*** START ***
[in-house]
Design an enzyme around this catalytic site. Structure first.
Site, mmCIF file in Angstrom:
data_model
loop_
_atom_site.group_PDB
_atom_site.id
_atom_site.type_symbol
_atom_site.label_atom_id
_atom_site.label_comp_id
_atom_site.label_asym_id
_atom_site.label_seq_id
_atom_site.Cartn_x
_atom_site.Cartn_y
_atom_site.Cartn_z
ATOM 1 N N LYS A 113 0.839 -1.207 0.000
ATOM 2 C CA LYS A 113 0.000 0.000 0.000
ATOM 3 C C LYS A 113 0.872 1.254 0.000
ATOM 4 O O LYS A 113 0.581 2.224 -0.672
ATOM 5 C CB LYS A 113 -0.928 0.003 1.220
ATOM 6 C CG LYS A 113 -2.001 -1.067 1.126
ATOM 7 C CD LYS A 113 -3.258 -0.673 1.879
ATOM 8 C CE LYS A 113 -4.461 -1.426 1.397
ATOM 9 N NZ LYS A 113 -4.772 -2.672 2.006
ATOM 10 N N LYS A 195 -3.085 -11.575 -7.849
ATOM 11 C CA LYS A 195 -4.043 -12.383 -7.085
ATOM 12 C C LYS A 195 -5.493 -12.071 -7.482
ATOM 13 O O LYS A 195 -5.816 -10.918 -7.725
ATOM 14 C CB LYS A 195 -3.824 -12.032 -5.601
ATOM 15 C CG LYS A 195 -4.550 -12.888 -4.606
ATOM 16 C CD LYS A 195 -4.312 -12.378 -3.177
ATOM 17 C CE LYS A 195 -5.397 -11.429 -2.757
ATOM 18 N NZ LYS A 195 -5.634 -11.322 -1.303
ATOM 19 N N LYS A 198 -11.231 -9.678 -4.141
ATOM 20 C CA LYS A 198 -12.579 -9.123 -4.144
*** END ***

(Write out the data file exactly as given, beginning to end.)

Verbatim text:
[in-house]
Design an enzyme around this catalytic site. Structure first.
Site, mmCIF file in Angstrom:
data_model
loop_
_atom_site.group_PDB
_atom_site.id
_atom_site.type_symbol
_atom_site.label_atom_id
_atom_site.label_comp_id
_atom_site.label_asym_id
_atom_site.label_seq_id
_atom_site.Cartn_x
_atom_site.Cartn_y
_atom_site.Cartn_z
ATOM 1 N N LYS A 113 0.839 -1.207 0.000
ATOM 2 C CA LYS A 113 0.000 0.000 0.000
ATOM 3 C C LYS A 113 0.872 1.254 0.000
ATOM 4 O O LYS A 113 0.581 2.224 -0.672
ATOM 5 C CB LYS A 113 -0.928 0.003 1.220
ATOM 6 C CG LYS A 113 -2.001 -1.067 1.126
ATOM 7 C CD LYS A 113 -3.258 -0.673 1.879
ATOM 8 C CE LYS A 113 -4.461 -1.426 1.397
ATOM 9 N NZ LYS A 113 -4.772 -2.672 2.006
ATOM 10 N N LYS A 195 -3.085 -11.575 -7.849
ATOM 11 C CA LYS A 195 -4.043 -12.383 -7.085
ATOM 12 C C LYS A 195 -5.493 -12.071 -7.482
ATOM 13 O O LYS A 195 -5.816 -10.918 -7.725
ATOM 14 C CB LYS A 195 -3.824 -12.032 -5.601
ATOM 15 C CG LYS A 195 -4.550 -12.888 -4.606
ATOM 16 C CD LYS A 195 -4.312 -12.378 -3.177
ATOM 17 C CE LYS A 195 -5.397 -11.429 -2.757
ATOM 18 N NZ LYS A 195 -5.634 -11.322 -1.303
ATOM 19 N N LYS A 198 -11.231 -9.678 -4.141
ATOM 20 C CA LYS A 198 -12.579 -9.123 -4.144